Japan PM weakened by local elections, nuclear woes

* If PM stood down, new coalition could tackle crisis

* Coalition would end policy-blocking parliament deadlock

* Kan already deeply unpopular before quake, nuclear crisis

* For latest on nuclear crisis, click on [ID:nL3E7FA058]

TOKYO, April 11 (Reuters) – Japan’s ruling party fared badly
in weekend local elections after Prime Minister Naoto Kan came
under fire for his handling of the nuclear crisis, bolstering
rivals who want him to quit once the crisis ends.

The unpopular Kan was already under pressure to step down
before a massive earthquake and tsunami struck on March 11,
leaving his government to cope with the worst crisis to hit
Japan since World War Two.

Kan is unlikely to be forced out while experts struggle to
regain control of a crippled nuclear power plant north of Tokyo,
in the world’s biggest nuclear crisis since Chernobyl.

But if he then stood down, it would be easier for his
Democratic Party of Japan to form a “grand coalition” with the
main opposition Liberal Democratic Party (LDP), an outcome many
voters favour as a way of dealing with the tens of thousands
left homeless, the reeling economy and the nuclear crisis.

The DPJ lost nearly 70 seats in Sunday’s election for
prefectural assemblies, Kyodo news agency said early on Monday.
The DPJ also lost to the LDP in three gubernatorial elections in
which it either fielded or supported a challenger.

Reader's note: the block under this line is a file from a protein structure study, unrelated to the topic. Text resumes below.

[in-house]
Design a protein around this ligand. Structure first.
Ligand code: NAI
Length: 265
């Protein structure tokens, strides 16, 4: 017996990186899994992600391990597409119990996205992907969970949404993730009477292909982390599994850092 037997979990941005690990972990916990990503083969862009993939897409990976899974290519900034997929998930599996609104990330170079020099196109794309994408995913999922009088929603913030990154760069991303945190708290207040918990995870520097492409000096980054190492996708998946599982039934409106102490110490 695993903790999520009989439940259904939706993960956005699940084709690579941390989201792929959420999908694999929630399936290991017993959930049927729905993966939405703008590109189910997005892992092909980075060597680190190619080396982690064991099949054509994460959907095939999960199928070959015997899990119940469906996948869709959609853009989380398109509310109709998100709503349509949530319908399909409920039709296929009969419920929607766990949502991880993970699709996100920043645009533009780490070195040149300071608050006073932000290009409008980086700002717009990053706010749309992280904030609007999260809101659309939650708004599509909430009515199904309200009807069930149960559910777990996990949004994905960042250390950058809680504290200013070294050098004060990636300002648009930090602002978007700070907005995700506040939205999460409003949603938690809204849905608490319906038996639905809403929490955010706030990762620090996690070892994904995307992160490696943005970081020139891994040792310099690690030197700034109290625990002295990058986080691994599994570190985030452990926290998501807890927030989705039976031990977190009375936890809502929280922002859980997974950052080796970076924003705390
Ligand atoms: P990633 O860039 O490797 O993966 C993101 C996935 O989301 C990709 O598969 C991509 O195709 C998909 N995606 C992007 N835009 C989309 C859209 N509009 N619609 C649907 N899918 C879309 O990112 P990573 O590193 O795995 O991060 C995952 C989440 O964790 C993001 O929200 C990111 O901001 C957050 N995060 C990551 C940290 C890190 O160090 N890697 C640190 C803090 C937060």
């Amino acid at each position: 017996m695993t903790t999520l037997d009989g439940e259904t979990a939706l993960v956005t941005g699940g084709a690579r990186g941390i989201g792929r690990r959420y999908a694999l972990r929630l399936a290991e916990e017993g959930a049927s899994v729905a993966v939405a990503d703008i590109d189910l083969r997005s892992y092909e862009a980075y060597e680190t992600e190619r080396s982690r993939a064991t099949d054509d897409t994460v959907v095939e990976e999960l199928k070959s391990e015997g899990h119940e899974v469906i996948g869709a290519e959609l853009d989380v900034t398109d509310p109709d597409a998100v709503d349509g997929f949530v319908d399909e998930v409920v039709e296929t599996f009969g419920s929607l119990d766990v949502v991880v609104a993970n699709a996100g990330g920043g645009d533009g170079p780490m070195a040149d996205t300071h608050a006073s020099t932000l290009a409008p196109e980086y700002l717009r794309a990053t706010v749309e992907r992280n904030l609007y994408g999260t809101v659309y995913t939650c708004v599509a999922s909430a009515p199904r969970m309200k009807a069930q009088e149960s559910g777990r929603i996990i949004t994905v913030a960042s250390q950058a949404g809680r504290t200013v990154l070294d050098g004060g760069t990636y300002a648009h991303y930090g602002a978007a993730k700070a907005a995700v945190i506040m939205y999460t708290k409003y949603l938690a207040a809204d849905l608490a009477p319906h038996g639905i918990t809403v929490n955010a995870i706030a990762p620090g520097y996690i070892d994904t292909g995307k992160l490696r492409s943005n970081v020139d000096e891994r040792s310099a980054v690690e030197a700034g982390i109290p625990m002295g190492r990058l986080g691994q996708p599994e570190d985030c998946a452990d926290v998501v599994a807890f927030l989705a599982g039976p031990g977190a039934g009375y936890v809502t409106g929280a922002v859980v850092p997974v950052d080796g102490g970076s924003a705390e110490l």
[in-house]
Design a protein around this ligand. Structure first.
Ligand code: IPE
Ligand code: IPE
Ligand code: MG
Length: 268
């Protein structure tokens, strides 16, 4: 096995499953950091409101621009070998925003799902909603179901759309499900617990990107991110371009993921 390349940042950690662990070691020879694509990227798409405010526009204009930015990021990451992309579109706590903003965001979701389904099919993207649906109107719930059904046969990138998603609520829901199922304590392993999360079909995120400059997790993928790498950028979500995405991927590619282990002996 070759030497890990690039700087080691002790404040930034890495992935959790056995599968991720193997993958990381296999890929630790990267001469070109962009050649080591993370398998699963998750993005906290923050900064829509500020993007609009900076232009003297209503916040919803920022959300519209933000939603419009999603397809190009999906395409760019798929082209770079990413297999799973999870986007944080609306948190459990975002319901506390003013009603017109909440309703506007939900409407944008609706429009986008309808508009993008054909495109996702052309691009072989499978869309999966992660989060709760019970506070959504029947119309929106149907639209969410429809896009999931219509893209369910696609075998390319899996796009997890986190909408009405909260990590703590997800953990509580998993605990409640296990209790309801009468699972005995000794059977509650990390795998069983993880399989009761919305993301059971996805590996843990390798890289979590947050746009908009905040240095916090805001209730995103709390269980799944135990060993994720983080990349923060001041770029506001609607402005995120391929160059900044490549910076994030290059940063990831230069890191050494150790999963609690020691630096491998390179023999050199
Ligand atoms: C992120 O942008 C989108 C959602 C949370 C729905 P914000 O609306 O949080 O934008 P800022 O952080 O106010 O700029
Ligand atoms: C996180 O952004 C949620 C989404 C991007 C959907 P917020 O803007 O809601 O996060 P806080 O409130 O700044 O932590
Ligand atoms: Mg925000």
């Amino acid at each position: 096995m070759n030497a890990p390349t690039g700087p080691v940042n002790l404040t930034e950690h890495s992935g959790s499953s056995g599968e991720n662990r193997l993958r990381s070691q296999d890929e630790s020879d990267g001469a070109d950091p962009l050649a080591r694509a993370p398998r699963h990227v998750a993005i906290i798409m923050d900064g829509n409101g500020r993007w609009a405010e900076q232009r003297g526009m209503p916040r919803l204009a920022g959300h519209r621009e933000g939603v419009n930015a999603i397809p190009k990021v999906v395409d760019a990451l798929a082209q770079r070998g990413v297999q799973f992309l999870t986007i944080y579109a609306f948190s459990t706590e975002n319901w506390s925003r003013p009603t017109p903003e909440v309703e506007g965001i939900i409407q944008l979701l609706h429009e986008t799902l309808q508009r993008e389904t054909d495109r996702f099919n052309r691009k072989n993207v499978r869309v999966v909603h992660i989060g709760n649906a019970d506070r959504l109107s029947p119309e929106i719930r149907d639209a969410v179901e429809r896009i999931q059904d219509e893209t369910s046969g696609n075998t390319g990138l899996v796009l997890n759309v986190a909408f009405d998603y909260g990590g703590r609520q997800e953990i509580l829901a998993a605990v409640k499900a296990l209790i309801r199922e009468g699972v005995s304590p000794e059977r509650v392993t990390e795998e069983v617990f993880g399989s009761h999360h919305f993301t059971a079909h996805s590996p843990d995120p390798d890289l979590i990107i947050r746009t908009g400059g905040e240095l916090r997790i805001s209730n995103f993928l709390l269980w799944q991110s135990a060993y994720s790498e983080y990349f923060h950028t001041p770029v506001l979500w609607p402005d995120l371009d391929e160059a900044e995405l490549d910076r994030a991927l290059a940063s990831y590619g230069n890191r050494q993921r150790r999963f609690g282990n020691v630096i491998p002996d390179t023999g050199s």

The DPJ’s No.2 official, Katsuya Okada, told reporters that
a grand coalition with the LDP was a possibility, but that the
idea would need support from voters.

“What’s most important is to think about what’s best for the
people as we try to deal with the huge disaster,” he said.

The LDP’s No.2, Nobuteru Ishihara, said the trust needed for
cooperation between two parties was lacking.

“The election results show that voters are asking, can we
allow the Kan government to handle the situation?” he said.

Observers had expected the Democratic Party to lose seats,
and had said a heavy loss was likely to be blamed on Kan.

Even before the March 11 earthquake, Kan’s own voter support
had slumped to around 20 percent and his grip on power weakened
because of policy changes and perceived clumsiness in diplomatic
rows with China and Russia.

His ratings have risen to around 30 percent since March 11
but a majority of voters are unhappy with his handling of the
nuclear crisis, in which releases of radioactive material into
the air and sea have alarmed Japanese citizens and neighbouring
countries.

Analysts say Kan is unlikely to be forced out during the
nuclear crisis, which could last months as engineers struggle to
restore the cooling systems of the crippled nuclear reactors at
the Fukushima Daiichi plant in the northeast.

Kan’s Democrats have a big majority in parliament’s lower
house but need opposition help in the upper chamber. Before the
crisis, opposition parties in the upper house were blocking
budget bills to try to force a snap election.

Kan’s eventual resignation could clear the way for a
rejigged ruling coalition, and that would break a parliamentary
deadlock that has kept Japan from crafting policies to address
the country’s most profound problems — a fast-ageing society
and huge public debt.
(Reporting by Chisa Fujioka, editing by Tim Pearce)

Japan PM weakened by local elections, nuclear woes